The Chinese refer to them as 豚鼠 (túnshǔ, 'pig mouse'), and sometimes as Netherlands pig (荷蘭豬, hélánzhū) or Indian mouse (天竺鼠, tiānzhúshǔ).
The Japanese word for guinea pig is "モルモット" (morumotto), which derives from the name of another mountain-dwelling rodent, the marmot; this is what guinea pigs were called by the Dutch traders who first brought them to Nagasaki in 1843.
Cages are often lined with wood shavings or a similar material.
Bedding made from red cedar (Eastern or Western) and pine, both softwoods, were commonly used in the past, but these materials are now believed to contain harmful phenols (aromatic hydrocarbons) and oils.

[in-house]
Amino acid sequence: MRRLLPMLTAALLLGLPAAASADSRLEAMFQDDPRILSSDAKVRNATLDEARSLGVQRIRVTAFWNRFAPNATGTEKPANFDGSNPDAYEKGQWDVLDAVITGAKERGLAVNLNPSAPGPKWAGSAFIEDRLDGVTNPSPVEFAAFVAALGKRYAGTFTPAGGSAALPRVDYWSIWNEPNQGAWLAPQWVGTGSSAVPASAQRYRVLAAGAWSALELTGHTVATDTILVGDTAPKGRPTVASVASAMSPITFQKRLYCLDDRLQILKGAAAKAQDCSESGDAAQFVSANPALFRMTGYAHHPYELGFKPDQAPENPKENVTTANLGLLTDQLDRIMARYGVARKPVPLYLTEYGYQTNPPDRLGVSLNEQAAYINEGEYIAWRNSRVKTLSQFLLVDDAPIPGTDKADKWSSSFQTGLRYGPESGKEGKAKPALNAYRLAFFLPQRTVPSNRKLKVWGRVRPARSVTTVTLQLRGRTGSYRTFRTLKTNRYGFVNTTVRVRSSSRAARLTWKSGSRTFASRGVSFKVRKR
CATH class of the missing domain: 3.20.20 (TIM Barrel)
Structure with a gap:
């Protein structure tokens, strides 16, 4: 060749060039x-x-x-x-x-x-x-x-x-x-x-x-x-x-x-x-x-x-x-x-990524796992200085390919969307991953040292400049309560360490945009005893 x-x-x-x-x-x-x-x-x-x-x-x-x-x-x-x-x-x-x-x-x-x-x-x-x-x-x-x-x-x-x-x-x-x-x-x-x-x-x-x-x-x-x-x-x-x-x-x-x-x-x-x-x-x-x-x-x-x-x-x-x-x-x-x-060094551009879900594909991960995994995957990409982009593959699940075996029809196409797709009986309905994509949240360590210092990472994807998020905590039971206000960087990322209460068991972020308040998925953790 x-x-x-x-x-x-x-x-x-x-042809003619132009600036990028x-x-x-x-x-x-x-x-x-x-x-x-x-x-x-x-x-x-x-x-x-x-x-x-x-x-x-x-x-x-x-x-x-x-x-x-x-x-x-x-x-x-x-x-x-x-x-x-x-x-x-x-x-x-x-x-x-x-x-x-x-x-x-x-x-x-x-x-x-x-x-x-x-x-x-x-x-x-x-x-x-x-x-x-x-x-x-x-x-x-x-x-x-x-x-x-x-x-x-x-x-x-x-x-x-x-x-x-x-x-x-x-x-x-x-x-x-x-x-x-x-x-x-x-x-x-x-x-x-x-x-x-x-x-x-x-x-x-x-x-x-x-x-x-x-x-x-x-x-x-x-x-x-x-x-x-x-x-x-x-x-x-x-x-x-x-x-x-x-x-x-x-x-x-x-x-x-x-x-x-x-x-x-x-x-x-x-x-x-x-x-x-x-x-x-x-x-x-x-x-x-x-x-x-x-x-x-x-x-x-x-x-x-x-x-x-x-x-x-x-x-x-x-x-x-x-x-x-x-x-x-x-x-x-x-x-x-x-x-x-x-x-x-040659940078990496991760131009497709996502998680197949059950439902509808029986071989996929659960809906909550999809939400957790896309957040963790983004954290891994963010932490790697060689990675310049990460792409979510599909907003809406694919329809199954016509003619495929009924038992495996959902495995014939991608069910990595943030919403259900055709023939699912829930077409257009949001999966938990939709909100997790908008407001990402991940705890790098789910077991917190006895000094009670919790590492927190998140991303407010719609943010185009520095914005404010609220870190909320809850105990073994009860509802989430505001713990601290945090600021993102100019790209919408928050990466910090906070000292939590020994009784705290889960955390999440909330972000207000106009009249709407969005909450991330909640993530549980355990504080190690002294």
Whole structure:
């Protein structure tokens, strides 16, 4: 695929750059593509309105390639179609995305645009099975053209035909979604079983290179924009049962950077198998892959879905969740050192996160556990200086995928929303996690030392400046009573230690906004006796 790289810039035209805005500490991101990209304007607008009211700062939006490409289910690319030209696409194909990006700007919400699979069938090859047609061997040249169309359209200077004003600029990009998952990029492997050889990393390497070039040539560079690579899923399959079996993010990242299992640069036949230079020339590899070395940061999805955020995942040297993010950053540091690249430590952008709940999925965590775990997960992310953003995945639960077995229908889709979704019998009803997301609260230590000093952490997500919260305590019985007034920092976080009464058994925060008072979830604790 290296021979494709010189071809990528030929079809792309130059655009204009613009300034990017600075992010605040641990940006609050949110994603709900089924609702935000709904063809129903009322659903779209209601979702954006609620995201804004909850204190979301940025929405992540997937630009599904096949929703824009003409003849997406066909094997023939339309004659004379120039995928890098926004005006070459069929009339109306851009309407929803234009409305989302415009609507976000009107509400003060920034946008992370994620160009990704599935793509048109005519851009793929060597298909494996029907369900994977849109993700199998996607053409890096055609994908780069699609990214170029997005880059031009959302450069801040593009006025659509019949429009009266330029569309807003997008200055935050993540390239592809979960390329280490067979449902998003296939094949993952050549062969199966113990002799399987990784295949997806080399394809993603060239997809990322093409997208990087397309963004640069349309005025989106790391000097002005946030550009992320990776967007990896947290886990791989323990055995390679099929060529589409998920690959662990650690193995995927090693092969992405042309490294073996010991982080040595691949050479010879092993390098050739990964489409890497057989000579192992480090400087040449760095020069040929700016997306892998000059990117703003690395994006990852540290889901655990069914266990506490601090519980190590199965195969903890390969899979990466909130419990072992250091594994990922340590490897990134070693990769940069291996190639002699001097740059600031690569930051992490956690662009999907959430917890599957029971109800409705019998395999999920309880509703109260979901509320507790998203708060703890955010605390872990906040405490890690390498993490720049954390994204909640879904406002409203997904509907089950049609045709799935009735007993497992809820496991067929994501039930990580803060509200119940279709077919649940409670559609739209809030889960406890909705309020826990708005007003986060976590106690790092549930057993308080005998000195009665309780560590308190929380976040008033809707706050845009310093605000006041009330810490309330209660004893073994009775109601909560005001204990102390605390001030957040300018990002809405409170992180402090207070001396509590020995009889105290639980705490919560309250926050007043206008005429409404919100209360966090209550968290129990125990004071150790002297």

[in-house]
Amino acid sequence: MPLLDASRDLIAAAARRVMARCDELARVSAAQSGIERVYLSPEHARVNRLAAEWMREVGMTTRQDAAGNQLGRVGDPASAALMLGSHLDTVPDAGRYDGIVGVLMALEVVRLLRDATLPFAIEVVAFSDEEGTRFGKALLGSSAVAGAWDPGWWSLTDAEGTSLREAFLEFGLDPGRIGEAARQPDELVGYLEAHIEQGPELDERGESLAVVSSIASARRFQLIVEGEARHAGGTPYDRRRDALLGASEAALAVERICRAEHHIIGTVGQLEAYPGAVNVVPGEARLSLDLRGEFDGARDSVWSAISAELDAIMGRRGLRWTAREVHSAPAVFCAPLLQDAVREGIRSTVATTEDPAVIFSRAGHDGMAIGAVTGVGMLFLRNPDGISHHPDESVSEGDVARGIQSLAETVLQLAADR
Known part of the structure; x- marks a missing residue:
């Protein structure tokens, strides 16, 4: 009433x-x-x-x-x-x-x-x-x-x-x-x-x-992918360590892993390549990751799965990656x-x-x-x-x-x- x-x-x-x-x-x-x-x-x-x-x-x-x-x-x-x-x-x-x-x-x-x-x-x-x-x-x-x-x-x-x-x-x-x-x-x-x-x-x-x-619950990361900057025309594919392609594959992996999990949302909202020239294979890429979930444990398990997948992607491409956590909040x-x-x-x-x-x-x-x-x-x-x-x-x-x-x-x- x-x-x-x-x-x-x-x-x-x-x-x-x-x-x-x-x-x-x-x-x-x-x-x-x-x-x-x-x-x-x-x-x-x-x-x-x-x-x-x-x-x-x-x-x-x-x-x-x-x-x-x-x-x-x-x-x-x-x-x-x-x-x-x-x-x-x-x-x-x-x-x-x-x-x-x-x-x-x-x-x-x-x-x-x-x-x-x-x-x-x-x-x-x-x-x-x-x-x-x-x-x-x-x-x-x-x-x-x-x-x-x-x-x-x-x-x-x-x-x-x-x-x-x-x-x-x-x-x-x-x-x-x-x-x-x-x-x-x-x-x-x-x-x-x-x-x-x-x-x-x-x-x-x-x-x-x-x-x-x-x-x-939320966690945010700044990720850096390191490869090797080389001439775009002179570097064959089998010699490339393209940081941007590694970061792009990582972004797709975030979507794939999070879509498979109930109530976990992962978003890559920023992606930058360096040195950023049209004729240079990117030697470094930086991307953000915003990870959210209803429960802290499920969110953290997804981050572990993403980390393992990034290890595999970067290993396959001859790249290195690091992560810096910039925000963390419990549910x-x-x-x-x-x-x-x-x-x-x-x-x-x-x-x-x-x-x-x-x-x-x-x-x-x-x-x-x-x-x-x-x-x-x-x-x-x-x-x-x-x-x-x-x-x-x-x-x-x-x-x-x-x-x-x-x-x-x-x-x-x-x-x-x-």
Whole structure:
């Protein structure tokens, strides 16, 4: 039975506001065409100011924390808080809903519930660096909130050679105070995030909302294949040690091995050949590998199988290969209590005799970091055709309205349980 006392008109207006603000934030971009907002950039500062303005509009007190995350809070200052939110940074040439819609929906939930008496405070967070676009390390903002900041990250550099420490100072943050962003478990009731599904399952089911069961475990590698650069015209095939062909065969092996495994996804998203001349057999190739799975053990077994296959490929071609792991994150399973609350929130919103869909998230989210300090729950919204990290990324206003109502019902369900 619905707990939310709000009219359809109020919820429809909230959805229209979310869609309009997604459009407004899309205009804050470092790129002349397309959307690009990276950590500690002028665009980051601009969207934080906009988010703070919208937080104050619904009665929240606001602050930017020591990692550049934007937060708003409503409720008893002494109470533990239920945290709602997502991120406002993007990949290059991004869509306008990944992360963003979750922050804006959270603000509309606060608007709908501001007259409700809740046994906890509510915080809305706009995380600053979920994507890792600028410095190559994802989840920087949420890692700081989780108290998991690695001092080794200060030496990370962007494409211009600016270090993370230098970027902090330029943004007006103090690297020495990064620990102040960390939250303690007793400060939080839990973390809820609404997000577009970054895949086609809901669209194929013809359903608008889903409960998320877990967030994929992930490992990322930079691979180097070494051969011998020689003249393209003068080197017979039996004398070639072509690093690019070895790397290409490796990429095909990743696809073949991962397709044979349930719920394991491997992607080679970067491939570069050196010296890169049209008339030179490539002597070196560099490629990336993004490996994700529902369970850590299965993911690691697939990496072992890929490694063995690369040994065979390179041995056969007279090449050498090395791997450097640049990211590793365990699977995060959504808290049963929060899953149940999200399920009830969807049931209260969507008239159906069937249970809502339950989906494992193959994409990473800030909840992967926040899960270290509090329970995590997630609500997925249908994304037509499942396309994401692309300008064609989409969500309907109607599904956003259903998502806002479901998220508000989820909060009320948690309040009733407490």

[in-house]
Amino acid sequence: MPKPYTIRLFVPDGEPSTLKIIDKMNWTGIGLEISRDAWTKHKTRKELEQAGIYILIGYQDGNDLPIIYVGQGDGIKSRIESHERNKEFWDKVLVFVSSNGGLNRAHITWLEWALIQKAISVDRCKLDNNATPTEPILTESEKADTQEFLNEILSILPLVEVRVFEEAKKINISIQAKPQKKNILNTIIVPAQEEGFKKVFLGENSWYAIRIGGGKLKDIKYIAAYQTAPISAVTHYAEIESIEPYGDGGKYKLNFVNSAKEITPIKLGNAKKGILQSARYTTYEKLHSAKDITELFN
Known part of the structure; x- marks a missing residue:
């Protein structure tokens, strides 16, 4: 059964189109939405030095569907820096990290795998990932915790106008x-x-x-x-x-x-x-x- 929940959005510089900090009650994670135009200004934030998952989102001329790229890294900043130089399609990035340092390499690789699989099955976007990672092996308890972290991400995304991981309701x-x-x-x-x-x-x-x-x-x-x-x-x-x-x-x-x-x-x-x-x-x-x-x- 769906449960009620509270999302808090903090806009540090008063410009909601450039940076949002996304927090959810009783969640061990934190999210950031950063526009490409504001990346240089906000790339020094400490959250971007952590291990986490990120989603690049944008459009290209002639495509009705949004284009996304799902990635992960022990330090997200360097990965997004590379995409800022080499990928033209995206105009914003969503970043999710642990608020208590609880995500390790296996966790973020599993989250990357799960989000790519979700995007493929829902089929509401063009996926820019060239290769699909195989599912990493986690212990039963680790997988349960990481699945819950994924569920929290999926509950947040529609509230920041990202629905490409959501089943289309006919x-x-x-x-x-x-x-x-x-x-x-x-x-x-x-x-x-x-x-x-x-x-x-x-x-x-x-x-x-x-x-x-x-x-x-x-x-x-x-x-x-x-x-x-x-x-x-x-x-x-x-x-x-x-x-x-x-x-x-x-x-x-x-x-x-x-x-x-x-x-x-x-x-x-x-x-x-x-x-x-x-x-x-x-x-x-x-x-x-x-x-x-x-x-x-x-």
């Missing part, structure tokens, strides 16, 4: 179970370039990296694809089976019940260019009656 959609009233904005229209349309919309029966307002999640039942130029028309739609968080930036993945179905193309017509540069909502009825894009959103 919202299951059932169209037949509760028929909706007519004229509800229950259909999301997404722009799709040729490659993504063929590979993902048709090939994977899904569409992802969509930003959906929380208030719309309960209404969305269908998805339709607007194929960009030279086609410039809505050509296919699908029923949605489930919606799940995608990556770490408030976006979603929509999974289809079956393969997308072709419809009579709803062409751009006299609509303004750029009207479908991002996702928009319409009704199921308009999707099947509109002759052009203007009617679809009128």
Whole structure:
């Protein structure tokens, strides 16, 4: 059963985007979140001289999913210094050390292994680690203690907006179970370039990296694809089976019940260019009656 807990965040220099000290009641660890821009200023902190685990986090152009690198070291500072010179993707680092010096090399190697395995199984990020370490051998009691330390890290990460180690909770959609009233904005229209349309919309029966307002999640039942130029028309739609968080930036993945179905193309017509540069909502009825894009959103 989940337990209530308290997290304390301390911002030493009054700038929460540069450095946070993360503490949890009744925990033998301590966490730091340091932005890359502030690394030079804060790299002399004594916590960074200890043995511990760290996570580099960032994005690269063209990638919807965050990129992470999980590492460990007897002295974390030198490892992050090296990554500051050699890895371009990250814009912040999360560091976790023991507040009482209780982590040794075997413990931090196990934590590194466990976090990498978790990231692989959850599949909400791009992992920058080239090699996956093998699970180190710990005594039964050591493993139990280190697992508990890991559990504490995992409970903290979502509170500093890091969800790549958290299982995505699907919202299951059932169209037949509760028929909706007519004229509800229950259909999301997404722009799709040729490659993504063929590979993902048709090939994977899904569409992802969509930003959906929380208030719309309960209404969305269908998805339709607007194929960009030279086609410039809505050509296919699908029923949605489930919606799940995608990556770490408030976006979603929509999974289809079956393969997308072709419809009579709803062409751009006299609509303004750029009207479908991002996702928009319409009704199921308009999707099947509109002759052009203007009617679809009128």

They move together in groups (herds) eating grass or other vegetation, and do not store food.
Guinea pigs tend to be messy within their cages; they often jump into their food bowls or kick bedding and feces into them, and their urine sometimes crystallizes on cage surfaces, making it difficult to remove.
Male guinea pigs may also mark their territory in this way when they are taken out of their cages.
In Western societies, the domestic guinea pig has enjoyed widespread popularity as a household pet since its introduction by European traders in the 16th century.
Their docile nature; friendly, even affectionate responsiveness to handling and feeding; and the relative ease of caring for them, continue to make guinea pigs a popular pet.